With my Bar Mitzvah celebration very quickly approaching I have been doing my best to live fully in each moment, even as some of the more stressful planning and preparation variables have come into play. I made an agreement with myself when I decided to take this on that I would not allow the celebration to turn into a stressor. I have a habit of transforming most things into stressors. It’s just what I tend to do by nature. While reading my Heschel book (I’ve finally made it toward the end, I promise), I came across the idea of kavanah. Kavanah is a Hebrew noun that means motive, purpose, meaning, and intention. Heschel boils the idea of kavanah down to attentiveness, or the state of having a purposeful inner life, usually during prayer. Kavanah is the difference between turning thoughtlessly through the pages of the Siddur during a service while looking forward to the Edward’s brand key lime pie at the oneg, and actually taking to heart the words and prayerful inner life that can be awoken if one is truly attentive to them.
Some concerns regarding halacha, or Jewish law, exist in that it is certainly possible to perform mitzvot by rote. One can give money to a charity out of habit, or even say the Shema multiple times a day without thinking much of it. The intention behind the act or a specific mitzvah is something that should not be lost if one is to live a rich and Jewish life. To perform a mitzvah with kavanah is seemingly as important as performing the mitzvah itself. When I was training and working as an actor, teachers, coaches and directors would often ask, “what is your intention in this scene!” Yes, you can memorize and say the lines. You aren’t necessarily wrong if you do this, but imagine a movie where the actors just speak the lines without any dynamism behind them. Life without Kavanah lacks the color and meaning that creates mosaics where plainness once stood.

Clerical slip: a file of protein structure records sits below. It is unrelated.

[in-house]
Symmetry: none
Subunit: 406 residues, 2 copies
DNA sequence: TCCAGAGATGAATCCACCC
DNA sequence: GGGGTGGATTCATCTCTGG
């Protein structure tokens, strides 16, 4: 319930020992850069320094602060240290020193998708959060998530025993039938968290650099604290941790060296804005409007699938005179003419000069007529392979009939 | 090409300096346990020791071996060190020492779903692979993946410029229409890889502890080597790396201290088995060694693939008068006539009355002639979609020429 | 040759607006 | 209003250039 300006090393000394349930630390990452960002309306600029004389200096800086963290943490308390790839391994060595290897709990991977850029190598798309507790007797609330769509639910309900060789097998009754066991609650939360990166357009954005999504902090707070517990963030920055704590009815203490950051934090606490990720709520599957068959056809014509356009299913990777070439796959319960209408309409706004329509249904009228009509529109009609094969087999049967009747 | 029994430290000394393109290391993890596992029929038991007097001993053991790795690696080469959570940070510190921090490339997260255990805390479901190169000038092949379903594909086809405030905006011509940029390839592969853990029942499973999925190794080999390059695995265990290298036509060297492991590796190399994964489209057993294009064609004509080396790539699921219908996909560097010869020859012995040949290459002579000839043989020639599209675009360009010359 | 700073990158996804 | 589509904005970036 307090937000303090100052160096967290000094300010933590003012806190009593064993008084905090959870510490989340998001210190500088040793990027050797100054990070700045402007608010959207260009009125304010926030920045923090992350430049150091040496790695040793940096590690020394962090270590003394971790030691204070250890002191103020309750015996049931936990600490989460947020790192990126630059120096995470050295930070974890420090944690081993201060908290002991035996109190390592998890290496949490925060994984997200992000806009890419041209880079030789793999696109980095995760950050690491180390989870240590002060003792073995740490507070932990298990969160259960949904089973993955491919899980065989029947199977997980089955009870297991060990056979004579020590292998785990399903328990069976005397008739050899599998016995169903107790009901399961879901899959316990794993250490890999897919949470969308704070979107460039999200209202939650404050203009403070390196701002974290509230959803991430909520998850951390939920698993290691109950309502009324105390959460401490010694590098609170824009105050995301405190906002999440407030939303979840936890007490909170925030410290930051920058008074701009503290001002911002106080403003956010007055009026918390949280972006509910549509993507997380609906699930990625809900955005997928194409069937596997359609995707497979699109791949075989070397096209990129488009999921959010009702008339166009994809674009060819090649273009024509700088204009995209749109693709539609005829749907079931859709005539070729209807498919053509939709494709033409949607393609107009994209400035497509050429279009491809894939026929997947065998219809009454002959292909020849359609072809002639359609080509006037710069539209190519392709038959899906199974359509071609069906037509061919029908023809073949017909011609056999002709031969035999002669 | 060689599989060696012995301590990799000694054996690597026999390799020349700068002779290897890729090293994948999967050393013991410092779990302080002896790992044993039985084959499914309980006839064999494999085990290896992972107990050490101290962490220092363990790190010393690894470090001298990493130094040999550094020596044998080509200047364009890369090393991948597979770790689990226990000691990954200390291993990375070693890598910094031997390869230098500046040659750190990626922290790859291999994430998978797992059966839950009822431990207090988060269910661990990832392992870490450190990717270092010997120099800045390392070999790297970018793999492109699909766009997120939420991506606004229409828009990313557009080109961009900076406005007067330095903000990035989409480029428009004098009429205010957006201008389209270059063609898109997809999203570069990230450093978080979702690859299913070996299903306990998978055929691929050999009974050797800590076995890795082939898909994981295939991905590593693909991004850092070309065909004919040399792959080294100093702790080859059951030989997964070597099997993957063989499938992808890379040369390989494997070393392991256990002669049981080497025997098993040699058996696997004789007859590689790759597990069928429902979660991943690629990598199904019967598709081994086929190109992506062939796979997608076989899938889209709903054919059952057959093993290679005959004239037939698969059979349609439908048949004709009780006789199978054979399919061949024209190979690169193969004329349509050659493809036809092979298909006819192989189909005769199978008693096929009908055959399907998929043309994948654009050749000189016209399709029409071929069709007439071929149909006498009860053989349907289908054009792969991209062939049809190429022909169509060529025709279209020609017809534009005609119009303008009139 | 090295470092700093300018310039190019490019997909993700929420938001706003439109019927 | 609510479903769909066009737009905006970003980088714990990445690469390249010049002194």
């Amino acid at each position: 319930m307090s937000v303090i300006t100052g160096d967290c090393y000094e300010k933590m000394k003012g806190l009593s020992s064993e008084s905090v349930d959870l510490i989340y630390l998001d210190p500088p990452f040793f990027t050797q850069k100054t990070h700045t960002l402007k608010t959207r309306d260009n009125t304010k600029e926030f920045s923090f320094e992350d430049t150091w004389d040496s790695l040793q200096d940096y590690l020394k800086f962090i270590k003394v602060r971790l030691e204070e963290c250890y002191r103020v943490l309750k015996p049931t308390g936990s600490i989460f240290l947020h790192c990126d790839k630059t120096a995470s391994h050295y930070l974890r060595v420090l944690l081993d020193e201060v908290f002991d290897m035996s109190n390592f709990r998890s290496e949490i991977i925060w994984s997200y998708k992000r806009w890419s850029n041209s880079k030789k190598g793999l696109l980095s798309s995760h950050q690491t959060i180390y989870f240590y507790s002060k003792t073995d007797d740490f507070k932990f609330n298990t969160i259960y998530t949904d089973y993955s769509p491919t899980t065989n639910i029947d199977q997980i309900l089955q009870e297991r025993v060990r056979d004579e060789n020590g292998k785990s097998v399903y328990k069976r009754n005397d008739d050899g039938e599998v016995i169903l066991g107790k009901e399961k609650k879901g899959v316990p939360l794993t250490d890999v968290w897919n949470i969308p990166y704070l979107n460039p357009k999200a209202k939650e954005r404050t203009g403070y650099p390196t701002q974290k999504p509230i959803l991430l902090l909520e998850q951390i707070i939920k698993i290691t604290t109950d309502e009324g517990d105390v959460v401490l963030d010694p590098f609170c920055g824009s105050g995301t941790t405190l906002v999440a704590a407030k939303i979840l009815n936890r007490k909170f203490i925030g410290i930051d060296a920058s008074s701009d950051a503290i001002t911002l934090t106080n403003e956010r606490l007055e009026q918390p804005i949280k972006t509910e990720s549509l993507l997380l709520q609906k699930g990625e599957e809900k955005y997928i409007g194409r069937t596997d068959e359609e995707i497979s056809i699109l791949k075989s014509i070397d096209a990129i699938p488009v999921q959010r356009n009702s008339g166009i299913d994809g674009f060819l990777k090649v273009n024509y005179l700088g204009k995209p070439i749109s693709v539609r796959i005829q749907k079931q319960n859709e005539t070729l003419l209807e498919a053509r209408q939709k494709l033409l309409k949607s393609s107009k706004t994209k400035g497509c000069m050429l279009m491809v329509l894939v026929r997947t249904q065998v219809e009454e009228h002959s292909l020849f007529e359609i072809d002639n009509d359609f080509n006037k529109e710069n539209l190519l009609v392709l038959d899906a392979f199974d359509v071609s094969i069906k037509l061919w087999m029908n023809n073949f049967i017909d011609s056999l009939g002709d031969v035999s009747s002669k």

I have taken the idea of Kavanah, and am doing my best to live each moment with attentiveness, attention, and purpose. This, of course, is not always easy. I am constantly reminding myself to enjoy the moments that I am in, and to exist within them as fully as possible. I hope that when I stand on the bimah and lead the service, I will be able to do so with a heart full of Kavanah. Kavanah is probably the reason I am so happy with the fact that I did not have a Bar Mitzvah celebration when I was 13-years-old. Anxiety, and just getting it done would likely have been my two main goals at that age. With so much meaning behind my Judaism and prayers now in existence, the celebration is transformed.
Philosopher Bahya Ibn Pakudah said, “Prayer without Kavanah is like a body without a soul.”
How can we all live our lives with more kavanah? The more, the better, so it seems.